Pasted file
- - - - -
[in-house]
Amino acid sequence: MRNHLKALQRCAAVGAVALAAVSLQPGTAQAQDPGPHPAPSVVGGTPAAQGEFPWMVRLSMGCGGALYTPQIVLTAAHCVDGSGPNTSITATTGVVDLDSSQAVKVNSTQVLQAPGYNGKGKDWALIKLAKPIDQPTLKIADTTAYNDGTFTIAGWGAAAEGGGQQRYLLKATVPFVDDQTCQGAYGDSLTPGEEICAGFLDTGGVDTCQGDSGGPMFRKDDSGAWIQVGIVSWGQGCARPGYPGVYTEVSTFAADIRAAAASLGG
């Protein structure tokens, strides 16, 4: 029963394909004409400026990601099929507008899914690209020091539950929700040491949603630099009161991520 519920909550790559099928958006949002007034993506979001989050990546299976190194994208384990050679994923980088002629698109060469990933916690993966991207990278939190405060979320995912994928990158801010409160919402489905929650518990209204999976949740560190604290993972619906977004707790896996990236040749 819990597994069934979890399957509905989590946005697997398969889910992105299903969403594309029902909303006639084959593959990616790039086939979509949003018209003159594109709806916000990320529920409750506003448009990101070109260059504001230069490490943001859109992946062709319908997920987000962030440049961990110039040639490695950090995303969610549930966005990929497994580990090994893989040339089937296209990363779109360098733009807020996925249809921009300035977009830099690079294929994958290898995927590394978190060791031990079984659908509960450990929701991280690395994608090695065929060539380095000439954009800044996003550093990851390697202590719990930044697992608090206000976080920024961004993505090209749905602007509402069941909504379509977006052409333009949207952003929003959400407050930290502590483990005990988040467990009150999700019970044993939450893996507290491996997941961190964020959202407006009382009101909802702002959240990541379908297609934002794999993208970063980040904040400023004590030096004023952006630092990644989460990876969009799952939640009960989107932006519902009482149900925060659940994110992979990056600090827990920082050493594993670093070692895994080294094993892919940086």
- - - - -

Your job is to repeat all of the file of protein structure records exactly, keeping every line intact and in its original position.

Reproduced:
[in-house]
Amino acid sequence: MRNHLKALQRCAAVGAVALAAVSLQPGTAQAQDPGPHPAPSVVGGTPAAQGEFPWMVRLSMGCGGALYTPQIVLTAAHCVDGSGPNTSITATTGVVDLDSSQAVKVNSTQVLQAPGYNGKGKDWALIKLAKPIDQPTLKIADTTAYNDGTFTIAGWGAAAEGGGQQRYLLKATVPFVDDQTCQGAYGDSLTPGEEICAGFLDTGGVDTCQGDSGGPMFRKDDSGAWIQVGIVSWGQGCARPGYPGVYTEVSTFAADIRAAAASLGG
């Protein structure tokens, strides 16, 4: 029963394909004409400026990601099929507008899914690209020091539950929700040491949603630099009161991520 519920909550790559099928958006949002007034993506979001989050990546299976190194994208384990050679994923980088002629698109060469990933916690993966991207990278939190405060979320995912994928990158801010409160919402489905929650518990209204999976949740560190604290993972619906977004707790896996990236040749 819990597994069934979890399957509905989590946005697997398969889910992105299903969403594309029902909303006639084959593959990616790039086939979509949003018209003159594109709806916000990320529920409750506003448009990101070109260059504001230069490490943001859109992946062709319908997920987000962030440049961990110039040639490695950090995303969610549930966005990929497994580990090994893989040339089937296209990363779109360098733009807020996925249809921009300035977009830099690079294929994958290898995927590394978190060791031990079984659908509960450990929701991280690395994608090695065929060539380095000439954009800044996003550093990851390697202590719990930044697992608090206000976080920024961004993505090209749905602007509402069941909504379509977006052409333009949207952003929003959400407050930290502590483990005990988040467990009150999700019970044993939450893996507290491996997941961190964020959202407006009382009101909802702002959240990541379908297609934002794999993208970063980040904040400023004590030096004023952006630092990644989460990876969009799952939640009960989107932006519902009482149900925060659940994110992979990056600090827990920082050493594993670093070692895994080294094993892919940086």